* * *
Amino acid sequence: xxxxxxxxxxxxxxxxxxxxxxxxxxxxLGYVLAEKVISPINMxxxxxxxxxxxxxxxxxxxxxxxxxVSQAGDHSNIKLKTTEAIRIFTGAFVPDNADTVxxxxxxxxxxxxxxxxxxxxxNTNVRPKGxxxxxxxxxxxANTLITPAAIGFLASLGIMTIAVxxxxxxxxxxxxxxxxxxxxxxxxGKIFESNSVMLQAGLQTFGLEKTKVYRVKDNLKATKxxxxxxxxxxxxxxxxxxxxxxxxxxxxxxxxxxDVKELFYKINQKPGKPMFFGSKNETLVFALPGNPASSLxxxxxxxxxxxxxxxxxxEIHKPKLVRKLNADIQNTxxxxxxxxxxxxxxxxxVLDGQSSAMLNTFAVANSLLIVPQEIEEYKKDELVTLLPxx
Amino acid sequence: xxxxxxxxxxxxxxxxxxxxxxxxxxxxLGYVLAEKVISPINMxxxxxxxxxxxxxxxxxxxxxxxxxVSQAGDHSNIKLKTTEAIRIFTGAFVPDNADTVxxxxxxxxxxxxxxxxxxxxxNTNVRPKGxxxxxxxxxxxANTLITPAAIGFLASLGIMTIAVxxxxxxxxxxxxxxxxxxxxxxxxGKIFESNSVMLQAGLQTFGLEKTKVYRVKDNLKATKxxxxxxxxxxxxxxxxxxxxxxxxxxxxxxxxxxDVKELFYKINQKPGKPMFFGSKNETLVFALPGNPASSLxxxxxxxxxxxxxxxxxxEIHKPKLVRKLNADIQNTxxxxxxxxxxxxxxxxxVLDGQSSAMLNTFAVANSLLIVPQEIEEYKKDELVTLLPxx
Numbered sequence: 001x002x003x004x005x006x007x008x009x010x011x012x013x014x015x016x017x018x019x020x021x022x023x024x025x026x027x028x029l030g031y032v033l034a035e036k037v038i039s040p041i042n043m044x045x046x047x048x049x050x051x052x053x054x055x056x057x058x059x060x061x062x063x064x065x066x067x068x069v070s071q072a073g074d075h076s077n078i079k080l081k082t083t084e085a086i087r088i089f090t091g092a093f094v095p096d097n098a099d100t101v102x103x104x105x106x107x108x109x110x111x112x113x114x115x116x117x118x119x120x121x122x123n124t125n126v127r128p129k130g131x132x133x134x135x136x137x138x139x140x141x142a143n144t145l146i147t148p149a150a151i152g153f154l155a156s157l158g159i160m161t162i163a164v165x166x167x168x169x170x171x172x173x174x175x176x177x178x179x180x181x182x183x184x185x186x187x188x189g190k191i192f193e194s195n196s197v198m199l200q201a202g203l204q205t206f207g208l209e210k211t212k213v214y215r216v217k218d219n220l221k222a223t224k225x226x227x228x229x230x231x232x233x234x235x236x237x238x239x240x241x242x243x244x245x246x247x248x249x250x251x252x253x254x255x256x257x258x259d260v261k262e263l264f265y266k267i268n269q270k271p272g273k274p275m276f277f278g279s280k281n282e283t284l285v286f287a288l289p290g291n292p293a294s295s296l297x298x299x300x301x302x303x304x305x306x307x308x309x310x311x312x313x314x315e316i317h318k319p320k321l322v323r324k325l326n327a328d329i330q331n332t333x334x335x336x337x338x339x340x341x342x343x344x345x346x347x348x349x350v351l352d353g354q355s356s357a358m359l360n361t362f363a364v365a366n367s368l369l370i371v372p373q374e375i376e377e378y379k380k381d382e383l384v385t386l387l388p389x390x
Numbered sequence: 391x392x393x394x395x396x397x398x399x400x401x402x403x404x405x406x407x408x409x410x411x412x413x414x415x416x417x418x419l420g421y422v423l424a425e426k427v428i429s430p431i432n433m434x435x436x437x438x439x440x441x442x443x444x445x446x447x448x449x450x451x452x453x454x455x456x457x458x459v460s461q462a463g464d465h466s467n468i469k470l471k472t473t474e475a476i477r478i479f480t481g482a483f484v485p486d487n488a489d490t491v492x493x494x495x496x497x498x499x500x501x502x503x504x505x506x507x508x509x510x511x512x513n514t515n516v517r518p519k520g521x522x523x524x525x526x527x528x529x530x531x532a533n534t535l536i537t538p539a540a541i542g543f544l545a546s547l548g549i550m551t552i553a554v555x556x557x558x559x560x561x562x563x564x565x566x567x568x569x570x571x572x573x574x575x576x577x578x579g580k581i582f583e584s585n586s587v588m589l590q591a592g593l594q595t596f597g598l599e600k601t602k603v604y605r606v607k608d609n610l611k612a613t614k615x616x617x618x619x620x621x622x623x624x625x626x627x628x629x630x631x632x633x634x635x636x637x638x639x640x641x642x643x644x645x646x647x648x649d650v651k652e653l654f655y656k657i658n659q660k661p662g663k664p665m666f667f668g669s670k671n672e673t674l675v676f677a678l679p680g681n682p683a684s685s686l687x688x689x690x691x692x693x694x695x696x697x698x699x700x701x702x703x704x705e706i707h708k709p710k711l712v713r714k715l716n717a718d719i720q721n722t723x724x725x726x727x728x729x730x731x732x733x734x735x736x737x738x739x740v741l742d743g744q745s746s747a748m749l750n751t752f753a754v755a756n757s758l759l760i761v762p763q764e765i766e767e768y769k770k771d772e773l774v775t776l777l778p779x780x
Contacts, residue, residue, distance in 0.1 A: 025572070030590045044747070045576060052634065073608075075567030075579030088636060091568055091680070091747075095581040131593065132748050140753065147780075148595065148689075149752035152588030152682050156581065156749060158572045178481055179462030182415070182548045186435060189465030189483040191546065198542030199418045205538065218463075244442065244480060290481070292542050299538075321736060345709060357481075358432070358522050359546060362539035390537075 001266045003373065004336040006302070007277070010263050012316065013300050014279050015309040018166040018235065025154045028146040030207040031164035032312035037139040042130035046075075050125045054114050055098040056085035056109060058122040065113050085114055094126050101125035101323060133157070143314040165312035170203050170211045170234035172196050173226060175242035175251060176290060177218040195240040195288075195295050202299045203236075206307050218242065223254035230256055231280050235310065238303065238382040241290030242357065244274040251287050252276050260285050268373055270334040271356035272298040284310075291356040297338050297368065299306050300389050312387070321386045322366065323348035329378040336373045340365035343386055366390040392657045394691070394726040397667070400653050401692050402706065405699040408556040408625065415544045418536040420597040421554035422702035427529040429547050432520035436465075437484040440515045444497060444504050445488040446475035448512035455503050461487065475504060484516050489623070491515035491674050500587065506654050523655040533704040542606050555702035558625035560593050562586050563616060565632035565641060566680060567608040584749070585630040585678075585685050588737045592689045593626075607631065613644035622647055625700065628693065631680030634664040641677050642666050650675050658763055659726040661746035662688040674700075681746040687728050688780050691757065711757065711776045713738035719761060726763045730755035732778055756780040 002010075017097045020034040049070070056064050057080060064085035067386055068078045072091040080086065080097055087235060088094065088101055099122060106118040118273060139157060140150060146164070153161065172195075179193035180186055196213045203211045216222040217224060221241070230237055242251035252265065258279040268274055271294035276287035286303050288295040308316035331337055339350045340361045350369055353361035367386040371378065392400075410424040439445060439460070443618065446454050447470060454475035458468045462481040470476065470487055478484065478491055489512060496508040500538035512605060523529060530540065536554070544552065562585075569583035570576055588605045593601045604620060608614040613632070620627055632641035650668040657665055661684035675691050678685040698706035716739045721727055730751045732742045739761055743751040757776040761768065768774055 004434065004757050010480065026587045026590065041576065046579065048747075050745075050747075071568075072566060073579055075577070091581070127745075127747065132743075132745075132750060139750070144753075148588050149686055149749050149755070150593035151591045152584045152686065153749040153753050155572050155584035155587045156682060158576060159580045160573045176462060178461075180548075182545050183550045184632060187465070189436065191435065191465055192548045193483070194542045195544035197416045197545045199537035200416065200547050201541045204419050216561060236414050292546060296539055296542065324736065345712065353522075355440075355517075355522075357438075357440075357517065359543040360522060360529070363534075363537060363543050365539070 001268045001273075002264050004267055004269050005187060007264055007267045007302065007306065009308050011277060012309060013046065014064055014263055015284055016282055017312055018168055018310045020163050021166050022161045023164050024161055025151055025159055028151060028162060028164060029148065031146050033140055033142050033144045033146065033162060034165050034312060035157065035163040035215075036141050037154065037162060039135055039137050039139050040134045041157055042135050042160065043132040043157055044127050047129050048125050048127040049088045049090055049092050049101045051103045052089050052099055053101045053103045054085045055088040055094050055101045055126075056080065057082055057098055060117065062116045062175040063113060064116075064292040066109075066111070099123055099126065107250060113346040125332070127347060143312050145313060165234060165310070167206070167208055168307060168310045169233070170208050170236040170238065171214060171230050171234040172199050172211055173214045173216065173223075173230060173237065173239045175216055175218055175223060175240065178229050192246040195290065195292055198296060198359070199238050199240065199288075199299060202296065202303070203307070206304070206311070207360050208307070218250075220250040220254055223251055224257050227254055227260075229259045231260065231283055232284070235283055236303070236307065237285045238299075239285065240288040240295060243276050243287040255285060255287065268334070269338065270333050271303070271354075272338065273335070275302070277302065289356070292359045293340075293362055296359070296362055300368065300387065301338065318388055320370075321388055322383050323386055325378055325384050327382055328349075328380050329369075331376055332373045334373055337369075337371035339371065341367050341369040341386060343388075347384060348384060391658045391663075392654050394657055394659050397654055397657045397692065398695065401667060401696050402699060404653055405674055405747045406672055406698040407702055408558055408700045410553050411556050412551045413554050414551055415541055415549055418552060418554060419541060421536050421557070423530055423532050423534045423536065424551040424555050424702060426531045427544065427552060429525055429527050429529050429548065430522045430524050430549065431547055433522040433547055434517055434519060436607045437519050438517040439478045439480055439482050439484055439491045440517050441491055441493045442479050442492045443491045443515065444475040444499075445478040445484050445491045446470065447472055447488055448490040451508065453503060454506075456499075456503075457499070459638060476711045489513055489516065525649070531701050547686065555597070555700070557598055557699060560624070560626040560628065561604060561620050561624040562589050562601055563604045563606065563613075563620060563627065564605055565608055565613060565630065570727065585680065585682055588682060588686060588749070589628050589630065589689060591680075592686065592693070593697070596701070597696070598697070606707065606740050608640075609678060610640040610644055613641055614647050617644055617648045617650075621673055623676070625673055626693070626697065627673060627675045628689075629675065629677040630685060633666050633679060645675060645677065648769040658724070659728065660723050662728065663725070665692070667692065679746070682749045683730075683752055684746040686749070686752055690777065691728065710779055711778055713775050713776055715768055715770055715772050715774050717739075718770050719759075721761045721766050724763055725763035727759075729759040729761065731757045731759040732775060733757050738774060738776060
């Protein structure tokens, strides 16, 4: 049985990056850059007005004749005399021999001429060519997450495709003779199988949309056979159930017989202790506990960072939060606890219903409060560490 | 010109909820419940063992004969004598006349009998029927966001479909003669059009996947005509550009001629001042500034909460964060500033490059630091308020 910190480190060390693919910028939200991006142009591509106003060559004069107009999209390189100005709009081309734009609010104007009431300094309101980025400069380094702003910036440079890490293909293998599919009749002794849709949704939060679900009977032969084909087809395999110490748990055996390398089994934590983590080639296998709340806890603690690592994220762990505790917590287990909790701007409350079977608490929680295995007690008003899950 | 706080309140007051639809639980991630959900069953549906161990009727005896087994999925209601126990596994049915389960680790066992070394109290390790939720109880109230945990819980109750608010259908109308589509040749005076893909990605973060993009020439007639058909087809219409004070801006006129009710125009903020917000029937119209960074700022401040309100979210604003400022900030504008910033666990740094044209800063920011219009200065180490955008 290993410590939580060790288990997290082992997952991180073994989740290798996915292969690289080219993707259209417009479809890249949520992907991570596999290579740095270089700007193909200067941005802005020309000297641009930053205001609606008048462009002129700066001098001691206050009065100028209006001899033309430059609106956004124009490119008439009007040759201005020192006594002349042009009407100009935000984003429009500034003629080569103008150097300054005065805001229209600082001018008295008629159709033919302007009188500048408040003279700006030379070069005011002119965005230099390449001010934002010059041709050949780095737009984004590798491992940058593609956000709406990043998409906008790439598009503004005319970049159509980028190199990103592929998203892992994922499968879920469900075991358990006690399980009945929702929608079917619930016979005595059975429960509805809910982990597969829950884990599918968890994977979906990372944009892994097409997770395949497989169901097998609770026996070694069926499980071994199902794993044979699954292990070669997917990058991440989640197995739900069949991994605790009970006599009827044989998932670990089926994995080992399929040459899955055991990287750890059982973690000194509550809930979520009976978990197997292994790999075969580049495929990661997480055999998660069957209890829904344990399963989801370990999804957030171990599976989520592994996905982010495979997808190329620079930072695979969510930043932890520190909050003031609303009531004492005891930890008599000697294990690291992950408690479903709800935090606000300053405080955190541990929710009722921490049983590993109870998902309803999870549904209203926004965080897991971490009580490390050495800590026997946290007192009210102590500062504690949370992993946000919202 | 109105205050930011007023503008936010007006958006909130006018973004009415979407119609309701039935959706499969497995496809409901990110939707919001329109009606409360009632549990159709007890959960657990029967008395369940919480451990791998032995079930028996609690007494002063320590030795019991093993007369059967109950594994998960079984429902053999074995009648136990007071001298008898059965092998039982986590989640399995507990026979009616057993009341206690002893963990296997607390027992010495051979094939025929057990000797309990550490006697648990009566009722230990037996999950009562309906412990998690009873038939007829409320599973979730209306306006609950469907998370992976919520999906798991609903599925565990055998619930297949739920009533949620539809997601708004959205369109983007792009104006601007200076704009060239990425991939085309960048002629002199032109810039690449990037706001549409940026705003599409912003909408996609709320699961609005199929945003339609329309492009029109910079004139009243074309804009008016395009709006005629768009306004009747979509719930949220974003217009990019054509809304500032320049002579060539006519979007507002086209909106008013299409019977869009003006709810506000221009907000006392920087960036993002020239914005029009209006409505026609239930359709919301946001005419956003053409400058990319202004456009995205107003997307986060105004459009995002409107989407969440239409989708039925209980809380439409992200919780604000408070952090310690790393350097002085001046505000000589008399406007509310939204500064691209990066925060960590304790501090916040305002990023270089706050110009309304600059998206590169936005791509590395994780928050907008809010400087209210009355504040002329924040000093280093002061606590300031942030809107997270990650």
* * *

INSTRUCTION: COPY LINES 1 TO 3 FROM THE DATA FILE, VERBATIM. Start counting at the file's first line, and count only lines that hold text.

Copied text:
Amino acid sequence: xxxxxxxxxxxxxxxxxxxxxxxxxxxxLGYVLAEKVISPINMxxxxxxxxxxxxxxxxxxxxxxxxxVSQAGDHSNIKLKTTEAIRIFTGAFVPDNADTVxxxxxxxxxxxxxxxxxxxxxNTNVRPKGxxxxxxxxxxxANTLITPAAIGFLASLGIMTIAVxxxxxxxxxxxxxxxxxxxxxxxxGKIFESNSVMLQAGLQTFGLEKTKVYRVKDNLKATKxxxxxxxxxxxxxxxxxxxxxxxxxxxxxxxxxxDVKELFYKINQKPGKPMFFGSKNETLVFALPGNPASSLxxxxxxxxxxxxxxxxxxEIHKPKLVRKLNADIQNTxxxxxxxxxxxxxxxxxVLDGQSSAMLNTFAVANSLLIVPQEIEEYKKDELVTLLPxx
Amino acid sequence: xxxxxxxxxxxxxxxxxxxxxxxxxxxxLGYVLAEKVISPINMxxxxxxxxxxxxxxxxxxxxxxxxxVSQAGDHSNIKLKTTEAIRIFTGAFVPDNADTVxxxxxxxxxxxxxxxxxxxxxNTNVRPKGxxxxxxxxxxxANTLITPAAIGFLASLGIMTIAVxxxxxxxxxxxxxxxxxxxxxxxxGKIFESNSVMLQAGLQTFGLEKTKVYRVKDNLKATKxxxxxxxxxxxxxxxxxxxxxxxxxxxxxxxxxxDVKELFYKINQKPGKPMFFGSKNETLVFALPGNPASSLxxxxxxxxxxxxxxxxxxEIHKPKLVRKLNADIQNTxxxxxxxxxxxxxxxxxVLDGQSSAMLNTFAVANSLLIVPQEIEEYKKDELVTLLPxx
Numbered sequence: 001x002x003x004x005x006x007x008x009x010x011x012x013x014x015x016x017x018x019x020x021x022x023x024x025x026x027x028x029l030g031y032v033l034a035e036k037v038i039s040p041i042n043m044x045x046x047x048x049x050x051x052x053x054x055x056x057x058x059x060x061x062x063x064x065x066x067x068x069v070s071q072a073g074d075h076s077n078i079k080l081k082t083t084e085a086i087r088i089f090t091g092a093f094v095p096d097n098a099d100t101v102x103x104x105x106x107x108x109x110x111x112x113x114x115x116x117x118x119x120x121x122x123n124t125n126v127r128p129k130g131x132x133x134x135x136x137x138x139x140x141x142a143n144t145l146i147t148p149a150a151i152g153f154l155a156s157l158g159i160m161t162i163a164v165x166x167x168x169x170x171x172x173x174x175x176x177x178x179x180x181x182x183x184x185x186x187x188x189g190k191i192f193e194s195n196s197v198m199l200q201a202g203l204q205t206f207g208l209e210k211t212k213v214y215r216v217k218d219n220l221k222a223t224k225x226x227x228x229x230x231x232x233x234x235x236x237x238x239x240x241x242x243x244x245x246x247x248x249x250x251x252x253x254x255x256x257x258x259d260v261k262e263l264f265y266k267i268n269q270k271p272g273k274p275m276f277f278g279s280k281n282e283t284l285v286f287a288l289p290g291n292p293a294s295s296l297x298x299x300x301x302x303x304x305x306x307x308x309x310x311x312x313x314x315e316i317h318k319p320k321l322v323r324k325l326n327a328d329i330q331n332t333x334x335x336x337x338x339x340x341x342x343x344x345x346x347x348x349x350v351l352d353g354q355s356s357a358m359l360n361t362f363a364v365a366n367s368l369l370i371v372p373q374e375i376e377e378y379k380k381d382e383l384v385t386l387l388p389x390x